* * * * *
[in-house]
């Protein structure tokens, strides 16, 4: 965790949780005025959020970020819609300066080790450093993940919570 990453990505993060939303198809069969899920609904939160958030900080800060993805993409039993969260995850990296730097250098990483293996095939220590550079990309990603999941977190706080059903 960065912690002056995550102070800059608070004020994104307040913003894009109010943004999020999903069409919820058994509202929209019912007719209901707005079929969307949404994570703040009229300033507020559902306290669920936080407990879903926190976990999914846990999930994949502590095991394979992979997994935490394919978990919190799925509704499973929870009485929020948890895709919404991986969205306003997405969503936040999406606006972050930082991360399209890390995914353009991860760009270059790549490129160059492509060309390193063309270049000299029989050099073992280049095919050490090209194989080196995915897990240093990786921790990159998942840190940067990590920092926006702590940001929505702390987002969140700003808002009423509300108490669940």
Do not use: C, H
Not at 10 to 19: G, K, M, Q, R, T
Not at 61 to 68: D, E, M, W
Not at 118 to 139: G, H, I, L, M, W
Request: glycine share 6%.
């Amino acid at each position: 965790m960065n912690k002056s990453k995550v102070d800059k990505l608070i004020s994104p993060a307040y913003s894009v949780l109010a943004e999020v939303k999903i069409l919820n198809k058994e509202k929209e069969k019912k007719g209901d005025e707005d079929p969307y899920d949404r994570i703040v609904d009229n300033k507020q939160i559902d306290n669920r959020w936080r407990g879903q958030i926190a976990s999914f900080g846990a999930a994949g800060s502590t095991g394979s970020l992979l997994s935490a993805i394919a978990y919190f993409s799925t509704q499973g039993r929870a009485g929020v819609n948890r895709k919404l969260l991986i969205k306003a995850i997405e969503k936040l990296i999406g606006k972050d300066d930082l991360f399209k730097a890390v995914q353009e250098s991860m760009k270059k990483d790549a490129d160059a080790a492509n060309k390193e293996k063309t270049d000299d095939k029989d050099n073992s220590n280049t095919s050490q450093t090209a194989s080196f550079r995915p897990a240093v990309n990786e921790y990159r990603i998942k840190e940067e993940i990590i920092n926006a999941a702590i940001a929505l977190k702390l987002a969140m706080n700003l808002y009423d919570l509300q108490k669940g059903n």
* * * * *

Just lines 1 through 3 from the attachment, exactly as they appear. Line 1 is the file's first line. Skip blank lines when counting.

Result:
[in-house]
């Protein structure tokens, strides 16, 4: 965790949780005025959020970020819609300066080790450093993940919570 990453990505993060939303198809069969899920609904939160958030900080800060993805993409039993969260995850990296730097250098990483293996095939220590550079990309990603999941977190706080059903 960065912690002056995550102070800059608070004020994104307040913003894009109010943004999020999903069409919820058994509202929209019912007719209901707005079929969307949404994570703040009229300033507020559902306290669920936080407990879903926190976990999914846990999930994949502590095991394979992979997994935490394919978990919190799925509704499973929870009485929020948890895709919404991986969205306003997405969503936040999406606006972050930082991360399209890390995914353009991860760009270059790549490129160059492509060309390193063309270049000299029989050099073992280049095919050490090209194989080196995915897990240093990786921790990159998942840190940067990590920092926006702590940001929505702390987002969140700003808002009423509300108490669940």
Do not use: C, H